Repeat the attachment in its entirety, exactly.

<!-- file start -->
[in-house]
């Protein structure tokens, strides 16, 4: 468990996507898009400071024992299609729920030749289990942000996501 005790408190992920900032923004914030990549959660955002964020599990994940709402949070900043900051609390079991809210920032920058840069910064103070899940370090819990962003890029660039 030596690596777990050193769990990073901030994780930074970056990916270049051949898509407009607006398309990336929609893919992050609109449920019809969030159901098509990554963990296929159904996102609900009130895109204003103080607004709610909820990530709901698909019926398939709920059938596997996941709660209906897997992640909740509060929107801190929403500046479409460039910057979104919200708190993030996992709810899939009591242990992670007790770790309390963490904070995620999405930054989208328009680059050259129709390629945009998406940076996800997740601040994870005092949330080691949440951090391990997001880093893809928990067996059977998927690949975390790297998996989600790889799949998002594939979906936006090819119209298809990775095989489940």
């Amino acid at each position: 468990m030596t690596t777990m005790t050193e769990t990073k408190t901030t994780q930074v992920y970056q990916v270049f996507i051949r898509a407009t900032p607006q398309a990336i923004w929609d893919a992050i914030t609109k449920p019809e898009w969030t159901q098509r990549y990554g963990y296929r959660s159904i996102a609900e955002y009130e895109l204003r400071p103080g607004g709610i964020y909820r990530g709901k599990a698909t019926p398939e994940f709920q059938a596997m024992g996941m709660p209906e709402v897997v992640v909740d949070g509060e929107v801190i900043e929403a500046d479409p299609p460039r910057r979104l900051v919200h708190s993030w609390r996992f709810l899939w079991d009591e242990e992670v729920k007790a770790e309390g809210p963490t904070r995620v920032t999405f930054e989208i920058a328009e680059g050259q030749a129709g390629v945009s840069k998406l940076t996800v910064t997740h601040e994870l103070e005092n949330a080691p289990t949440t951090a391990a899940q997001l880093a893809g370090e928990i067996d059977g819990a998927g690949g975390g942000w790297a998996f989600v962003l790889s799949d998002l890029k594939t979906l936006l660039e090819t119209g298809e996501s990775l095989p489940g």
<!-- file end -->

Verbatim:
[in-house]
């Protein structure tokens, strides 16, 4: 468990996507898009400071024992299609729920030749289990942000996501 005790408190992920900032923004914030990549959660955002964020599990994940709402949070900043900051609390079991809210920032920058840069910064103070899940370090819990962003890029660039 030596690596777990050193769990990073901030994780930074970056990916270049051949898509407009607006398309990336929609893919992050609109449920019809969030159901098509990554963990296929159904996102609900009130895109204003103080607004709610909820990530709901698909019926398939709920059938596997996941709660209906897997992640909740509060929107801190929403500046479409460039910057979104919200708190993030996992709810899939009591242990992670007790770790309390963490904070995620999405930054989208328009680059050259129709390629945009998406940076996800997740601040994870005092949330080691949440951090391990997001880093893809928990067996059977998927690949975390790297998996989600790889799949998002594939979906936006090819119209298809990775095989489940």
């Amino acid at each position: 468990m030596t690596t777990m005790t050193e769990t990073k408190t901030t994780q930074v992920y970056q990916v270049f996507i051949r898509a407009t900032p607006q398309a990336i923004w929609d893919a992050i914030t609109k449920p019809e898009w969030t159901q098509r990549y990554g963990y296929r959660s159904i996102a609900e955002y009130e895109l204003r400071p103080g607004g709610i964020y909820r990530g709901k599990a698909t019926p398939e994940f709920q059938a596997m024992g996941m709660p209906e709402v897997v992640v909740d949070g509060e929107v801190i900043e929403a500046d479409p299609p460039r910057r979104l900051v919200h708190s993030w609390r996992f709810l899939w079991d009591e242990e992670v729920k007790a770790e309390g809210p963490t904070r995620v920032t999405f930054e989208i920058a328009e680059g050259q030749a129709g390629v945009s840069k998406l940076t996800v910064t997740h601040e994870l103070e005092n949330a080691p289990t949440t951090a391990a899940q997001l880093a893809g370090e928990i067996d059977g819990a998927g690949g975390g942000w790297a998996f989600v962003l790889s799949d998002l890029k594939t979906l936006l660039e090819t119209g298809e996501s990775l095989p489940g």